Forecasting US Army enlistment contract production in complex geographical marketing areas

Joshua L. McDonald (Army Materiel Systems Analysis Activity, Aberdeen Proving Ground, Maryland, USA)
Edward D. White (Department of Mathematics and Statistics, Air Force Institute of Technology, Wright Patterson AFB, Ohio, USA)
Raymond R. Hill (Department of Operational Sciences, Air Force Institute of Technology, Wright Patterson AFB, Ohio, USA)
Christian Pardo (Defense Threat Reduction Agency, Kirtland Air Force Base, New Mexico, USA)

Journal of Defense Analytics and Logistics

ISSN: 2399-6439

Publication date: 3 July 2017

Abstract

Purpose

The purpose of this paper is to demonstrate an improved method for forecasting the US Army recruiting.

Design/methodology/approach

Time series methods, regression modeling, principle components and marketing research are included in this paper.

Findings

This paper found the unique ability of multiple statistical methods applied to a forecasting context to consider the effects of inputs that are controlled to some degree by a decision maker.

Research limitations/implications

This work will successfully inform the US Army recruiting leadership on how this improved methodology will improve their recruitment process.

Practical implications

Improved US Army analytical technique for forecasting recruiting goals..

Originality/value

This work culls data from open sources, using a zip-code-based classification method to develop more comprehensive forecasting methods with which US Army recruiting leaders can better establish recruiting goals.

Keywords

Citation

McDonald, J.L., White, E.D., Hill, R.R. and Pardo, C. (2017), "Forecasting US Army enlistment contract production in complex geographical marketing areas", Journal of Defense Analytics and Logistics, Vol. 1 No. 1, pp. 69-87. https://doi.org/10.1108/JDAL-03-2017-0001

Publisher

:

Emerald Publishing Limited

Copyright © 2017, In accordance with section 105 of the US Copyright Act, this work has been produced by a US government employee and shall be considered a public domain work, as copyright protection is not available.


Introduction

Since the formal elimination of the draft by Congress in 1973, the USA Army has maintained an All-Volunteer Force (AVF) (Waddell, 2005, pp. 413-442). At the lowest echelon of the Army recruiting system, US Army Recruiters are tasked to help fill the ranks of the AVF by actively pursuing qualified future soldiers with the ultimate goal of generating required enlistments. At higher echelons of recruiting leadership, however, a fundamental concern arises in how best to distribute recruiting goals to subordinate recruiting echelons throughout the country.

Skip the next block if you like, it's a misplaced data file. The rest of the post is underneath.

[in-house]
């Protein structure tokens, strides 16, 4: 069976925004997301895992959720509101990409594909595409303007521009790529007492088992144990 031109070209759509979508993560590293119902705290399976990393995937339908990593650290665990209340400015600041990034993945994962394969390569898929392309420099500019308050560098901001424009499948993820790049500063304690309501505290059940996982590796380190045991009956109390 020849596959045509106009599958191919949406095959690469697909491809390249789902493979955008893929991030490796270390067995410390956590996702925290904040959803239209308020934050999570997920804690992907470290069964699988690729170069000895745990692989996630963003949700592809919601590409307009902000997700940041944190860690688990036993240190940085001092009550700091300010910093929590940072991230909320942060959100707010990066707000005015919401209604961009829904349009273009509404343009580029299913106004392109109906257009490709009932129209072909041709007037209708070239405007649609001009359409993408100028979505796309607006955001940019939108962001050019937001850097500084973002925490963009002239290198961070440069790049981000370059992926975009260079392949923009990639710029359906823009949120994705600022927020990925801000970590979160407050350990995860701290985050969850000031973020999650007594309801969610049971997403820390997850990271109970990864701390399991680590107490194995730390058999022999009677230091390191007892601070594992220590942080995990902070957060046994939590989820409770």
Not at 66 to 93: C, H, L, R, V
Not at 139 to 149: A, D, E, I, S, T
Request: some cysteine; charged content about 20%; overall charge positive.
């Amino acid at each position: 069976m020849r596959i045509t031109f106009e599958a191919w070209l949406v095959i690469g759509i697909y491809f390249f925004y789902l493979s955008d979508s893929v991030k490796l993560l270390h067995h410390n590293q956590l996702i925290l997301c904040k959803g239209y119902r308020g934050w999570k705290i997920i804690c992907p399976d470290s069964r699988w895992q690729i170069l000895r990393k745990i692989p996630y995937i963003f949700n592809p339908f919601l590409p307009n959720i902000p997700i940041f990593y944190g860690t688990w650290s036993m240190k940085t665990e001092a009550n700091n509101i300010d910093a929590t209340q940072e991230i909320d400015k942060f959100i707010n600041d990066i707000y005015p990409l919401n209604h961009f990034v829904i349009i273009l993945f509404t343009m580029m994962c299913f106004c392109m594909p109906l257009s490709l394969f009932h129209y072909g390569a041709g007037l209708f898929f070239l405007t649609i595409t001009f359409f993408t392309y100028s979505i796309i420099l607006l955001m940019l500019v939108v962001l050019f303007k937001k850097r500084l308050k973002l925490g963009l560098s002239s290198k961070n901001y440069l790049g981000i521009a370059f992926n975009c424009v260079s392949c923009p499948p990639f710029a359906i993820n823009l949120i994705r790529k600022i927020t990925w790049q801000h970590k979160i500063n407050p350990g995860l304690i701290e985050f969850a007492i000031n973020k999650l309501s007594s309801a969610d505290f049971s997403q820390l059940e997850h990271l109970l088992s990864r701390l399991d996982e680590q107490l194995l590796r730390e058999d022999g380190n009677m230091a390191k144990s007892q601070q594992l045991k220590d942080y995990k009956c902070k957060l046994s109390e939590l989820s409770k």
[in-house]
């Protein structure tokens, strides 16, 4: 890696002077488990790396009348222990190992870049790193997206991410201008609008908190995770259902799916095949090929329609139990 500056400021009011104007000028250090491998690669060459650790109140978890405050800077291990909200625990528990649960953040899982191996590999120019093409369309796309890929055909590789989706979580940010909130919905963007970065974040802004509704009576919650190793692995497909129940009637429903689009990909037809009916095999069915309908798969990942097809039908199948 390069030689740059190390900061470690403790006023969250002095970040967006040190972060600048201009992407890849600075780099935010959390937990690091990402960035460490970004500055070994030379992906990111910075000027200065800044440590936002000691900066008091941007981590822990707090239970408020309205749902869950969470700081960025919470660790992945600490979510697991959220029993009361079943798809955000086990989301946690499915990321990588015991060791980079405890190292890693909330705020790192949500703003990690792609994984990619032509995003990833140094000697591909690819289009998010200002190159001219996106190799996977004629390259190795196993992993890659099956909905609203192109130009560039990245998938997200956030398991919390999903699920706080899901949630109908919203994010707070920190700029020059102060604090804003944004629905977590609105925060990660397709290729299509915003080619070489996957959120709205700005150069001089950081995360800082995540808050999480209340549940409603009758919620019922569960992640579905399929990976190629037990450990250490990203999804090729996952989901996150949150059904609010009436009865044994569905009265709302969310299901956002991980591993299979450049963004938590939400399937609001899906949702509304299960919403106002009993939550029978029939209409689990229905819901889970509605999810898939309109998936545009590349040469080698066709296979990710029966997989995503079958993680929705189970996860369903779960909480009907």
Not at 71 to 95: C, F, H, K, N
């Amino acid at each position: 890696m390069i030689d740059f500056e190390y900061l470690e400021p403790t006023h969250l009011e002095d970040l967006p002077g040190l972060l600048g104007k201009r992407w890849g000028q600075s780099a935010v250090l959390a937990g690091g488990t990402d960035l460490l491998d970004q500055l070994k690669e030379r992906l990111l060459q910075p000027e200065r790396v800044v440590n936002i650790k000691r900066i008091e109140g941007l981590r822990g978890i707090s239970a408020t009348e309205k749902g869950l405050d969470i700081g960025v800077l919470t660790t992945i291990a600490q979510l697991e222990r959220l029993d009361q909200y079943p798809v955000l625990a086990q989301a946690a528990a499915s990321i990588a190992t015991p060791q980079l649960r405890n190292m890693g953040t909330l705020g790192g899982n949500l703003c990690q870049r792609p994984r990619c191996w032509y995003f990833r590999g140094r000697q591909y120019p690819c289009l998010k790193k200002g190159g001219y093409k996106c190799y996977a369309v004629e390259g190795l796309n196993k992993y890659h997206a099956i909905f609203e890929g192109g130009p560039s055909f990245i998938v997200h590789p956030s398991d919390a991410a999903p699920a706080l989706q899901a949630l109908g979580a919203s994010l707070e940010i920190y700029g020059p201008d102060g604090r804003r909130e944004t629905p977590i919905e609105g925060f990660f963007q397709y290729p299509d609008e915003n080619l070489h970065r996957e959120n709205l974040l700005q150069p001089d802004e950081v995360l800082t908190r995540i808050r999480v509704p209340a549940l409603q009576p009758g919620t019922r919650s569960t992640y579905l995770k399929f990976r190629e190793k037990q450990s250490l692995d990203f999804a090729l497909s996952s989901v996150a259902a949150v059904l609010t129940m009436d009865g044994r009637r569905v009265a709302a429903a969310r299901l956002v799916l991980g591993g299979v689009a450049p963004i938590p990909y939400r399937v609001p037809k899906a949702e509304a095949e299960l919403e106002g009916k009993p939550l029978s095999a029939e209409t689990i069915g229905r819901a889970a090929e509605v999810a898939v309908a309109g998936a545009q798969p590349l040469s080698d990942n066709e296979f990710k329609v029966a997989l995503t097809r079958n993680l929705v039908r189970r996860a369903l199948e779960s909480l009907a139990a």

Implied in the latter concern is an assumption that a quantitative relationship between numerous recruiting factors – both within and outside of the recruiters’ control – and enlistment production in each geographical recruiting area exits, can be satisfactorily established and can be exploited for forecasting purposes. If so, recruiting leadership can then maximize potential recruiting contracts by altering recruiting goals subject to a set of organizational constraints. Thus, the two primary steps of setting recruiting goals consist of:

  • defining an appropriate quantitative relationship that is robust to extrapolation into the future; and

  • maximizing the outputs based on organizational constraints and the quantitative model parameters found in the first step. We use the acronym US Army Recruiting Command (USAREC) to refer to the corporate, goal-setting body of Army recruiting leadership.

This article focuses on the first of recruiting leadership’s tasks – the development of a quantitative relationship between recruiting market factors and enlistment production – as it is fundamental to successful execution of the second task, optimizing production. We are not the first to do this; USAREC has used and currently uses such quantitative models in the past. We do however offer an improved methodology for achieving a useful quantitative model.

We first establish the extent to which we can accurately forecast the relationship between enlistment supply and demand factors and enlistment contract production. We assume as supply factors those which are outside of the recruiters’ control; local unemployment rates are an example. Enlistment demand factors, by contrast, are those over which the Army and recruiters have some control; numbers of recruiters on-hand and recruiting goals are examples. In terms of the response, we focus specifically on Regular Army (RA) enlistment contracts in 38 recruiting regions that span the USA, territories excluded. We subdivide the enlistment contracts into three mutually exclusive categories of interest to USAREC:

  1. high-aptitude high school graduates (GA);

  2. high-aptitude high school seniors (SA); and

  3. all others (OTH) (Flesichmann and Nelson, 2014).

These are not the standard responses used by USAREC in their forecasting model, but we address in this paper why changing to these make sense.

We analyze data from both recruiting organizations and open sources for the period Fiscal Year (FY) 2010-2014. We take advantage of open source data at the county level and map this county-level data to each ZIP code-based recruiting market boundary. To complete this mapping, we introduce a way to compress data from over 3,000 counties and 42,000 ZIP Codes into 38 markets. We then apply principal components analysis (PCA) and mixed stepwise regression to the re-mapped data to develop adequate, parsimonious models for each recruiting market and contract type. The application of PCA represents a significant contribution to the level of statistical rigor in our model development methodology over previous efforts.